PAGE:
There are many types of financial fraud that you need to look out for. From people misrepresenting their income on their tax returns to epic schemes to defraud the government, it’s important to understand the different types of fraud, how they occur, and what you can do about it.
Misappropriation of Funds
The most common of all financial fraud is misappropriation of funds. Statistics show that asset misappropriation makes up about 90 percent or more of all financial fraud. Simply put, misappropriation of funds happens when someone takes money and payments not meant for them. For example, someone cashing a Social Security check for a relative that has passed away is perpetrating misappropriation of funds.
Bribery and Corruption
Another common type of financial fraud is bribery. It’s estimated that about 30 percent of uncovered fraud is from bribery and corruption. Though there are many stories of bribery and corruption, one of the most famous and expensive examples is Kellogg Brown & Root. This company was a spin-off from Halliburton. In 2009, the company was charged with a number of frauds, including paying off Nigerian officials with hundreds of millions of dollars so it could get a natural gas plant.
Employee Theft and Embezzlement
Employee theft and embezzlement makes up for $50 billion each year. The median amount that’s stolen is about $175,000. Embezzlement and employee theft happens all over the country in nearly every type of business. For example, Darryl McCauley was charged with embezzlement from his half-brother, Dane Cook. Over the years, he stole millions of dollars, which ended up in him serving prison time and having to pay the money back.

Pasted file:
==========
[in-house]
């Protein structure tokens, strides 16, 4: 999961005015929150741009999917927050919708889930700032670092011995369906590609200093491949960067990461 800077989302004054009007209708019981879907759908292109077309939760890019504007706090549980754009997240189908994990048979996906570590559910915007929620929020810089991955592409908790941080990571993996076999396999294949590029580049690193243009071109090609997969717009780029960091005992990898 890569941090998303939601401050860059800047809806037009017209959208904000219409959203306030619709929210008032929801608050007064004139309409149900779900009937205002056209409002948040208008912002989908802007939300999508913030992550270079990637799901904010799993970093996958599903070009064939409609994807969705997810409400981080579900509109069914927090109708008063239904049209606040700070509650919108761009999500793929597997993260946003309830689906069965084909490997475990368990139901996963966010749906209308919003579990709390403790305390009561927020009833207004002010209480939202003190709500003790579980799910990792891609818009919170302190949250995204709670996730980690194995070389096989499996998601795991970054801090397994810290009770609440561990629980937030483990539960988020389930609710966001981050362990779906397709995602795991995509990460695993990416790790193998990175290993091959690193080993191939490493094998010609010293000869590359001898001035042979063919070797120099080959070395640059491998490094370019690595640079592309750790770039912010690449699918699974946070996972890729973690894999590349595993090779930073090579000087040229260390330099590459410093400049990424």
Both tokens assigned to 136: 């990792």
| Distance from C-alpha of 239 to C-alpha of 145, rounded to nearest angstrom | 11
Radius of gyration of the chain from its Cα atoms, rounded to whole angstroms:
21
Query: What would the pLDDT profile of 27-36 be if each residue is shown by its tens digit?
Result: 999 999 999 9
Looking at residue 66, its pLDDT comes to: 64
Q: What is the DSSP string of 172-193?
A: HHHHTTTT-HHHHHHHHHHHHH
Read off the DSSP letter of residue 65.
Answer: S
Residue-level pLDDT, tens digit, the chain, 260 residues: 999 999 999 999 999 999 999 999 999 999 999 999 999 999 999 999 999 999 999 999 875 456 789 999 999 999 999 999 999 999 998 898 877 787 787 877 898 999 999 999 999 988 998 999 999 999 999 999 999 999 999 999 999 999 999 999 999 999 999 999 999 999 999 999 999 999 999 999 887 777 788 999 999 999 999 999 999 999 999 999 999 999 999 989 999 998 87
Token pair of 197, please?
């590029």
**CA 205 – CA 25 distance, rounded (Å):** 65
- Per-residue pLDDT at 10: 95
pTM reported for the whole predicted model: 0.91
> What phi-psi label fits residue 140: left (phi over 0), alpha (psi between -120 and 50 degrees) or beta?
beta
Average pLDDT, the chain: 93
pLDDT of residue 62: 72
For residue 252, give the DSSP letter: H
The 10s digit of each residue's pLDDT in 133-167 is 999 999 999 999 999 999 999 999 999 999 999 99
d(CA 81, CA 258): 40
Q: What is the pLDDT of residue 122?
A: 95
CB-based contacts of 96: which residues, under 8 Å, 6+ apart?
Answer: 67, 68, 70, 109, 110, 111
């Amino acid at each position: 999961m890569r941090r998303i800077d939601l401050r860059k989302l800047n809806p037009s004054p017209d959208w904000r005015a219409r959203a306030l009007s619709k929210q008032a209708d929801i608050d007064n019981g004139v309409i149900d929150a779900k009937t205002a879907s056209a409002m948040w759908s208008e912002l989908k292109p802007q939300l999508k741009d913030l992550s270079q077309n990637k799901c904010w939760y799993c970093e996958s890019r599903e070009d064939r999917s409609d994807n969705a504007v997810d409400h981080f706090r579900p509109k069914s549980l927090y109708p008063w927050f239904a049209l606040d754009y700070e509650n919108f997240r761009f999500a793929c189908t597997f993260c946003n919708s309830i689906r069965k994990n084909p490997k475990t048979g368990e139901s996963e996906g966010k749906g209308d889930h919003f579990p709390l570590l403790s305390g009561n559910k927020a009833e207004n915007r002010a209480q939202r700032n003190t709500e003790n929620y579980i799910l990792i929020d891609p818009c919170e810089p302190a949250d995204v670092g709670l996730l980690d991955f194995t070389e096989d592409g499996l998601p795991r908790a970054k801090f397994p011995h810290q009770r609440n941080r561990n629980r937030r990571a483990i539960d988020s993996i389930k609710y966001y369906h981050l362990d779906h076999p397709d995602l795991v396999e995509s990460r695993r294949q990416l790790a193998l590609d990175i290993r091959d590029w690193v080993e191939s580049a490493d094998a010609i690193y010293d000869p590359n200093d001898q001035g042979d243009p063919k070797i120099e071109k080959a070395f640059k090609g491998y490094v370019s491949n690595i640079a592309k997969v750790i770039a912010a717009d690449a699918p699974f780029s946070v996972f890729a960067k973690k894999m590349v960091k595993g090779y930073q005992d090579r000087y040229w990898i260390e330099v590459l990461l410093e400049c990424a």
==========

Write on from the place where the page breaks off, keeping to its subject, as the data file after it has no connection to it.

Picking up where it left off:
One of the most talked about types of financial fraud today is identity theft. This occurs when someone steals personally identifying information and uses funds that are in someone else’s name. When a credit card or social security number is stolen and used, this is identity theft. Because this is so prevalent, many people are trying to help crack down on it by earning a Bachelor’s in criminology and prosecuting the thieves responsible.
Nearly everyone today has heard of Ponzi schemes. This is a common type of investment fraud that gives money to old investors that was received by new investors. This money is passed off as returns from an investment; although, in most cases, an actual investment was never made. There are a few characteristics that most Ponzi schemes share, including unregistered investments, complex strategies, and high yet consistent returns. In 2011, there were 1,846 pending cases of securities and commodities fraud, many of which were Ponzi schemes.
Investigating these financial frauds isn’t an easy task. With so many types of financial fraud, some of which are being perpetrated to individuals and others happening on a corporation level, it takes a well-trained eye to see exactly what is happening in most of these cases. Have you ever been a victim of fraud? Share your unfortunate experience in the comments.